Liberty is an inherently offensive lifestyle. Living in a free society guarantees that each one of us will see our most cherished principles and beliefs questioned and in some cases mocked. That psychic discomfort is the price we pay for basic civic peace. It's worth it. It's a pragmatic principle. Defend everyone else's rights, because if you don't there is no one to defend yours. -- MaxedOutMama

I don't just want gun rights... I want individual liberty, a culture of self-reliance....I want the whole bloody thing. -- Kim du Toit

The most glaring example of the cognitive dissonance on the left is the concept that human beings are inherently good, yet at the same time cannot be trusted with any kind of weapon, unless the magic fairy dust of government authority gets sprinkled upon them.-- Moshe Ben-David

The cult of the left believes that it is engaged in a great apocalyptic battle with corporations and industrialists for the ownership of the unthinking masses. Its acolytes see themselves as the individuals who have been "liberated" to think for themselves. They make choices. You however are just a member of the unthinking masses. You are not really a person, but only respond to the agendas of your corporate overlords. If you eat too much, it's because corporations make you eat. If you kill, it's because corporations encourage you to buy guns. You are not an individual. You are a social problem. -- Sultan Knish

All politics in this country now is just dress rehearsal for civil war. -- Billy Beck

Wednesday, June 08, 2005

Behind the Curve

Kim, Kim, Kim...

I know you've been busy, but I take time to read YOUR site every day.... ;-)

I covered the story of UK teacher Linda Walker back in April. Turns out that she's been released already, but she's not a happy camper:
I felt I was being crucified by the full force of the law, says teacher jailed for waving air pistol at yobs

By David Harrison
(Filed: 08/05/2005)

A special needs teacher jailed for defending her home against a gang of thugs said last night that she felt as if she had been "crucified" by the system.
That's because she'd been crucified by the system.
Linda Walker, a middle-class mother-of-three described her time in prison as "humiliating". She was strip-searched, put on suicide watch, forced to go on hunger strike and suffered panic attacks during which she thought she would die.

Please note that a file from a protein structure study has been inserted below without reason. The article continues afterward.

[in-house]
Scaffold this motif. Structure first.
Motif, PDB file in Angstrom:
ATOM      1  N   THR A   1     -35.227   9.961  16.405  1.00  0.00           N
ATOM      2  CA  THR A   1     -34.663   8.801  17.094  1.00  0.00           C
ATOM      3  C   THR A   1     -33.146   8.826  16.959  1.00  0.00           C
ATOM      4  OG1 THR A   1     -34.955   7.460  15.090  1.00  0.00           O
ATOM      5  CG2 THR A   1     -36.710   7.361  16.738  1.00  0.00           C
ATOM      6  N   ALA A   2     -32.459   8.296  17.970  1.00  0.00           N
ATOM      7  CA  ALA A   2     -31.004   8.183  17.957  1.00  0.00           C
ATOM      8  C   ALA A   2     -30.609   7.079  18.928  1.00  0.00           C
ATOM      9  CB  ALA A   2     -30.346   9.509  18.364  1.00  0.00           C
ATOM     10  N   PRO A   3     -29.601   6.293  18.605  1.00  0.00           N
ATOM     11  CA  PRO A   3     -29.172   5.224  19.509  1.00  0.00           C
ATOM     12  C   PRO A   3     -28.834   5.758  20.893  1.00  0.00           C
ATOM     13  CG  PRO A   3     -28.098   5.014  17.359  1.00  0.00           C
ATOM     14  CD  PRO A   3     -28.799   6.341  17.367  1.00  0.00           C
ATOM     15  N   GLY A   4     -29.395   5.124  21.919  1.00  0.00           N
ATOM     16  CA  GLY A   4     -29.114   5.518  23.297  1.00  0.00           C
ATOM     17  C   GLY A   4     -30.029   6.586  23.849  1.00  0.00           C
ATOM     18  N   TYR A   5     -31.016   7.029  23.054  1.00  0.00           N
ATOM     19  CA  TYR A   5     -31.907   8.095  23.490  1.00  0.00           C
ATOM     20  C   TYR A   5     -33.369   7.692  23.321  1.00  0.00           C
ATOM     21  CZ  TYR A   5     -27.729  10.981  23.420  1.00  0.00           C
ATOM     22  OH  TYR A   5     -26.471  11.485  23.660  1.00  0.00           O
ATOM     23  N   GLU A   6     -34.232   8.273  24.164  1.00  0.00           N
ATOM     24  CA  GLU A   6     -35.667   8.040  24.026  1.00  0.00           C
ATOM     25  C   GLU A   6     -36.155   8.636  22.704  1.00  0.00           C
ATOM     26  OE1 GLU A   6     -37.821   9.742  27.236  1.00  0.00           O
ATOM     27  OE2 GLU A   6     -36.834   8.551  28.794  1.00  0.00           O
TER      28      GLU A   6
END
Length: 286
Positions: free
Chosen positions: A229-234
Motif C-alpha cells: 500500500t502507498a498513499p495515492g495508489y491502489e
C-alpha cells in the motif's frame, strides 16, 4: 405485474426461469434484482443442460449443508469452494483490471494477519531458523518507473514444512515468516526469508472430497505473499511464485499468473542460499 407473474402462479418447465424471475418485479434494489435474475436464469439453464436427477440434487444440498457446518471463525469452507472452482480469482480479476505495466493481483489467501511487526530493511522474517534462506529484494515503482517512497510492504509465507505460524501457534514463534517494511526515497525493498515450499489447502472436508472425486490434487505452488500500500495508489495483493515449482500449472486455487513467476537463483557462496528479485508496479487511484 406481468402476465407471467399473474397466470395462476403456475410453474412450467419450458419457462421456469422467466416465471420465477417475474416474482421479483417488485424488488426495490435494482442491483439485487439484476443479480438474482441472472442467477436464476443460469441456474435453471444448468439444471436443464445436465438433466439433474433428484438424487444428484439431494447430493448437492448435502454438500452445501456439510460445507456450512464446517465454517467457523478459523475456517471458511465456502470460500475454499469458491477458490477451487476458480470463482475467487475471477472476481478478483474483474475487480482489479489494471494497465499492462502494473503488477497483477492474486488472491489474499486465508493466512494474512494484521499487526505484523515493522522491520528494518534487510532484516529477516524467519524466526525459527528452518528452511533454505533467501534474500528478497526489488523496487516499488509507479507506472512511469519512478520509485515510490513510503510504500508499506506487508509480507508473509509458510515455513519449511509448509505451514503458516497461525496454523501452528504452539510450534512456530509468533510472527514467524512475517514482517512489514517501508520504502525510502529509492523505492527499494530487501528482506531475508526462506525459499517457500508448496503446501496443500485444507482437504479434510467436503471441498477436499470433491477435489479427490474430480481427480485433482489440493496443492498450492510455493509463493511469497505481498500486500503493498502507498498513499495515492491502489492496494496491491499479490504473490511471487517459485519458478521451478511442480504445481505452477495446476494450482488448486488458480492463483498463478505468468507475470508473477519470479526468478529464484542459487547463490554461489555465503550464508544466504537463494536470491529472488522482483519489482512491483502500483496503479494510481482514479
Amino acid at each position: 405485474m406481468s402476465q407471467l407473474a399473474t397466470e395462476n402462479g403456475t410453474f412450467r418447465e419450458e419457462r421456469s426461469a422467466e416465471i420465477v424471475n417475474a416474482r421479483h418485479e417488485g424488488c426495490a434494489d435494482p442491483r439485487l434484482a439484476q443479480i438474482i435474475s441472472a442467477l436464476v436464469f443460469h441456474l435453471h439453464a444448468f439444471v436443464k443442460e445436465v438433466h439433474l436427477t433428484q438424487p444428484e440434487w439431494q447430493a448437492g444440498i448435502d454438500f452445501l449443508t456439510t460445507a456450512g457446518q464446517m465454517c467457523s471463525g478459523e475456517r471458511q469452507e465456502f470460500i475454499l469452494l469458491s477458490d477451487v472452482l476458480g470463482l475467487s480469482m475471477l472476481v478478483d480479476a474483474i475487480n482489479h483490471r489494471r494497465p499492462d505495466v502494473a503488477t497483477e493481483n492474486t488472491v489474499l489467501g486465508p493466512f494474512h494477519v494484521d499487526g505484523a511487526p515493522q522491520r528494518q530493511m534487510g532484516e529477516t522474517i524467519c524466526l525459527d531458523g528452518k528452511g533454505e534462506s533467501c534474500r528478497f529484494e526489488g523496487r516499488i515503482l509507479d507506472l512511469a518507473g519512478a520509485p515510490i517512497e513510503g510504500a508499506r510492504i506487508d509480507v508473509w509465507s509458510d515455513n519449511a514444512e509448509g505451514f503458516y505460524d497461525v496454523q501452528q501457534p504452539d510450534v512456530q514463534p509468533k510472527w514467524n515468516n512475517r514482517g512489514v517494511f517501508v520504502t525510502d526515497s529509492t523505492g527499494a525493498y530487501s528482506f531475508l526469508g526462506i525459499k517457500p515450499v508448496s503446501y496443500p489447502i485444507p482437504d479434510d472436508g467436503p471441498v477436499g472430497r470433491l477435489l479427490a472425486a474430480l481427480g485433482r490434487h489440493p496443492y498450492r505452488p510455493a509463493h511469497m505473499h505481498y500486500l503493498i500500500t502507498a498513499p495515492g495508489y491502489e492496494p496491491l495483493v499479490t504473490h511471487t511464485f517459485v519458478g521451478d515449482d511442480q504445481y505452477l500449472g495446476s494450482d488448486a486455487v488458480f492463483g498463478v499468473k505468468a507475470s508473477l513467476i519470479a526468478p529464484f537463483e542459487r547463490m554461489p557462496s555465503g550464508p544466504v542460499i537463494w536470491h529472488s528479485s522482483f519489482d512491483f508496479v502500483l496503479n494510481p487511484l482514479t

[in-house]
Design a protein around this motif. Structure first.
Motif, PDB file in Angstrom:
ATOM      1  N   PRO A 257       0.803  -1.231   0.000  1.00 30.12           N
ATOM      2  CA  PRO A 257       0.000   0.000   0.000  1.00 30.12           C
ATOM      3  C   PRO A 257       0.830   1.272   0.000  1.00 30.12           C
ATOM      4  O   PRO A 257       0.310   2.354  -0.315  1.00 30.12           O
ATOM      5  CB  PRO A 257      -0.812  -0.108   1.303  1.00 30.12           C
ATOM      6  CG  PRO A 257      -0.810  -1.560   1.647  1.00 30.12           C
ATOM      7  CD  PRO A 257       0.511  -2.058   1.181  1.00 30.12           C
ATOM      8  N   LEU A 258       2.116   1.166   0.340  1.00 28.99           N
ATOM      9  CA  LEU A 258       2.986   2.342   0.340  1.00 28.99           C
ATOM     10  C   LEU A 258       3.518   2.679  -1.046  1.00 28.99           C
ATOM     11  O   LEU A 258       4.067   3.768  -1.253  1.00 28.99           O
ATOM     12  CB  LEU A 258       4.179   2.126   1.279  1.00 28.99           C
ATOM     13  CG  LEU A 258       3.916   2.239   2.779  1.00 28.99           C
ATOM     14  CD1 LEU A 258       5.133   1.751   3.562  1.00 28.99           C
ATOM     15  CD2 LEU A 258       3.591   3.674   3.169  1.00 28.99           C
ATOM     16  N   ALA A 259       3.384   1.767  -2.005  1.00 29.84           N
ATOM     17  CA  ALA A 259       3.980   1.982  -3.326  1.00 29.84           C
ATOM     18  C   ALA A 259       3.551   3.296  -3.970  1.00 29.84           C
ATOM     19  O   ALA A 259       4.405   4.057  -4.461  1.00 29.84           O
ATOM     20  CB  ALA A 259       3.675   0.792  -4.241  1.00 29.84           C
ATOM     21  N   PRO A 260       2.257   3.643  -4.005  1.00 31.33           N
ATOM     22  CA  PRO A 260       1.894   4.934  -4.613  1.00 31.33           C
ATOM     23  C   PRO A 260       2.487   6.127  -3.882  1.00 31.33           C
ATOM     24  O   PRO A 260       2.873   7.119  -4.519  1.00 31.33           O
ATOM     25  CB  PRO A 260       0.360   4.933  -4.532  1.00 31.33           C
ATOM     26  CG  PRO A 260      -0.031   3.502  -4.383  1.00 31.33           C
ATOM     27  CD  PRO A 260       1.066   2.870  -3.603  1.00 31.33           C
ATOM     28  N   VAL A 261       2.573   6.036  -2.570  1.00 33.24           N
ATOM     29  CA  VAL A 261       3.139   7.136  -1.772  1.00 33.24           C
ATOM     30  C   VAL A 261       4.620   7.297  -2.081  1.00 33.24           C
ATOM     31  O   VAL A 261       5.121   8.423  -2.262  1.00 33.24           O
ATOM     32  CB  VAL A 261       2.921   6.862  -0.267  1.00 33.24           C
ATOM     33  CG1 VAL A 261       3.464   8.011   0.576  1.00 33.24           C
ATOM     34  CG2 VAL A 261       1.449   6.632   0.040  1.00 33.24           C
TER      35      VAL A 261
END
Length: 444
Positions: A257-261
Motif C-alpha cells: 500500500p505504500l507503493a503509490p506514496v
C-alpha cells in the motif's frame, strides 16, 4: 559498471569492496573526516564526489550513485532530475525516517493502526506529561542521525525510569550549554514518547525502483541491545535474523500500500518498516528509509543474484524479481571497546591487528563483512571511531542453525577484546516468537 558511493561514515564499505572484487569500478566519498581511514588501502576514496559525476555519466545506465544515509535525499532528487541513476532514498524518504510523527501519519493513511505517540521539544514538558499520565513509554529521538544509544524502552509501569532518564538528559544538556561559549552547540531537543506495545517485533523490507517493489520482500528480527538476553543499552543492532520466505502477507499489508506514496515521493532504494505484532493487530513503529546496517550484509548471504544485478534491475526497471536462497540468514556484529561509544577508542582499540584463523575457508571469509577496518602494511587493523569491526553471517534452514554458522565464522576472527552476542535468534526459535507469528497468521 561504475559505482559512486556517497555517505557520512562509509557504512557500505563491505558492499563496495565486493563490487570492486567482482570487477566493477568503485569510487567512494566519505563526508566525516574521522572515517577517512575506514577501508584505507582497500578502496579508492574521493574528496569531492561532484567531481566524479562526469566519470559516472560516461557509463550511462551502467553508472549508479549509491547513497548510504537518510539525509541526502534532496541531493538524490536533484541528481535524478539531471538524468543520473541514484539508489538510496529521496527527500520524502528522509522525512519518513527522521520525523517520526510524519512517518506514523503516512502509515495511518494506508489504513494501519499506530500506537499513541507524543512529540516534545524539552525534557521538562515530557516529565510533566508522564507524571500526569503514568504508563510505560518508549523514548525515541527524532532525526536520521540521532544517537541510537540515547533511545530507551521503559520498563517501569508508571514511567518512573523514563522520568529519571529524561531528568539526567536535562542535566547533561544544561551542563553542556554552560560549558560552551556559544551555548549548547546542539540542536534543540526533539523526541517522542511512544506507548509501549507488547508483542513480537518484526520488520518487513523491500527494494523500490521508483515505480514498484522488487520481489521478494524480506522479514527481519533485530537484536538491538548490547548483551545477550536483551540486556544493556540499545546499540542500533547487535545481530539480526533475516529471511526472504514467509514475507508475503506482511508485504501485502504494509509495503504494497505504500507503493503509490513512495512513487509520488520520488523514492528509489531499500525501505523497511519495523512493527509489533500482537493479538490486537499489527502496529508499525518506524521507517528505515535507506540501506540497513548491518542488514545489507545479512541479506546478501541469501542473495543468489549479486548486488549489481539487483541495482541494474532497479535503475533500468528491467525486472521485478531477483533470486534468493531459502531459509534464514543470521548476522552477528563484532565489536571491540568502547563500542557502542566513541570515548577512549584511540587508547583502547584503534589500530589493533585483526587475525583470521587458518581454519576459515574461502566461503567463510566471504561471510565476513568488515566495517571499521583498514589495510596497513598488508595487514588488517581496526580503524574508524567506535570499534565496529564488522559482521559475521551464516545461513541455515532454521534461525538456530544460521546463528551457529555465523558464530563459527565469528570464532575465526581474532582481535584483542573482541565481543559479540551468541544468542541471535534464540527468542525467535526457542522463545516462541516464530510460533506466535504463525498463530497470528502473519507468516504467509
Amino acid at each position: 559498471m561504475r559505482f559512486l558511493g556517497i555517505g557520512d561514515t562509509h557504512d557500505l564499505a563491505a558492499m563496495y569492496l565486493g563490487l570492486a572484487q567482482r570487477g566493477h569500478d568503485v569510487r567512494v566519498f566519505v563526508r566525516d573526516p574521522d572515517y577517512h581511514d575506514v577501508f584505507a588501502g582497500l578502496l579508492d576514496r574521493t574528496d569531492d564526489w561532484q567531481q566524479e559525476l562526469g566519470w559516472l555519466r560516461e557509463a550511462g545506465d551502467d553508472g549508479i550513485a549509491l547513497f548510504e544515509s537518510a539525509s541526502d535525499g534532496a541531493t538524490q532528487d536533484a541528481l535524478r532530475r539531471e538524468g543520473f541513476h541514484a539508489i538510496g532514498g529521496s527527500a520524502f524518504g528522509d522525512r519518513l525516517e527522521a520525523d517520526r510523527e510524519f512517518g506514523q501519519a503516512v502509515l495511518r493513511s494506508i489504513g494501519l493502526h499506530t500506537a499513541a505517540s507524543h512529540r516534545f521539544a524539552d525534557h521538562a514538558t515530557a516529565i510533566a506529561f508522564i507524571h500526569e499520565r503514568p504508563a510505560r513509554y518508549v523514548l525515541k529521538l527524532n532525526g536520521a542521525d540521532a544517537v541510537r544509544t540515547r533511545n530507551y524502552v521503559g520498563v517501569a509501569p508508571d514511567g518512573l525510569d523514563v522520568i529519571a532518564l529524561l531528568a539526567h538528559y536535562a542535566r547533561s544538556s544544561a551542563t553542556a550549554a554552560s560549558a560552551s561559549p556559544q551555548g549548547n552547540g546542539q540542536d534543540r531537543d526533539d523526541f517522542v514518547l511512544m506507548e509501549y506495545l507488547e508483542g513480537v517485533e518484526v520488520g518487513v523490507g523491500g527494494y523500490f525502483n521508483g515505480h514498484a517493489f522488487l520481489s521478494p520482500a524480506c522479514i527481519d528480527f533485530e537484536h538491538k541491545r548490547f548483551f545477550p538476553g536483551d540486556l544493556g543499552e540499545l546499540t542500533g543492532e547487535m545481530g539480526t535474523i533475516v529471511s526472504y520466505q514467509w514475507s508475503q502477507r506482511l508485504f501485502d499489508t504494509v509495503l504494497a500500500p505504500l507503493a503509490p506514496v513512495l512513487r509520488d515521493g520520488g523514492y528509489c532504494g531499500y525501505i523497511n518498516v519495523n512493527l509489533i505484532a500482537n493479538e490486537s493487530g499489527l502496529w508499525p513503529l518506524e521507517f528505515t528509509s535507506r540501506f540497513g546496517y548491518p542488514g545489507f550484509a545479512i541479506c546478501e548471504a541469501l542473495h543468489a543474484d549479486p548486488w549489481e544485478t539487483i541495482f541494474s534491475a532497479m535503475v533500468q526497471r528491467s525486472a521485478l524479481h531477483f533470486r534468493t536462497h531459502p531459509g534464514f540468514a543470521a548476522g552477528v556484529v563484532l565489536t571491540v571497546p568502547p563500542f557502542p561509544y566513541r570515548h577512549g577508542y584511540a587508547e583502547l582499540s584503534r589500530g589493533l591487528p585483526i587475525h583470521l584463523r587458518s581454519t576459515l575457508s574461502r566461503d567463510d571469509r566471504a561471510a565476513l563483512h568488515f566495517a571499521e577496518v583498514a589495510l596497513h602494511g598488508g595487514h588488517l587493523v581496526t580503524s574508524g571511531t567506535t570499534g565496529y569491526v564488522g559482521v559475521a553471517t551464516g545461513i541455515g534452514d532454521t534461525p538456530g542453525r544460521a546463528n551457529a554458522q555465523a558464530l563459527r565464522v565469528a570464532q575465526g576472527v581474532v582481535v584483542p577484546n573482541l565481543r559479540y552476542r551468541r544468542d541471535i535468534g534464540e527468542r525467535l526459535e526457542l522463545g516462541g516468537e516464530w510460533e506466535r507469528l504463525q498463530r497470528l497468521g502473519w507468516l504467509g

Mrs Walker, 48, was jailed for brandishing an unloaded air pistol in front of a gang of thugs she believed had terrorised her family for two years while the police did nothing. Her sentence provoked outrage and her case became a symbol of Britain's law-and-order crisis.

Mrs Walker was released by the Court of Appeal last Wednesday after the judges said she should not have been jailed in the first place.
But she was. And that jailing was covered pretty heavily.

The result of which is another reminder to the populace not to "take the law into their own hands." Another "chilling effect" that keeps the sheep in their place.
Last night, back at her home in a Manchester suburb after spending 38 nights in jail alongside drug addicts, she spoke for the first time of her ordeal and how she felt let down by the criminal justice system.
Her and thousands of others.
Speaking to the Mail on Sunday, she said: "I've spent my life supporting the weakest and most vulnerable members of the community. But when I needed support from the establishment, not only was it not there, but the full force of the of the law came down on me like a ton of bricks. I felt like I was being crucified."
The nail that sticks up gets hammered down, goes the old Japanese proverb.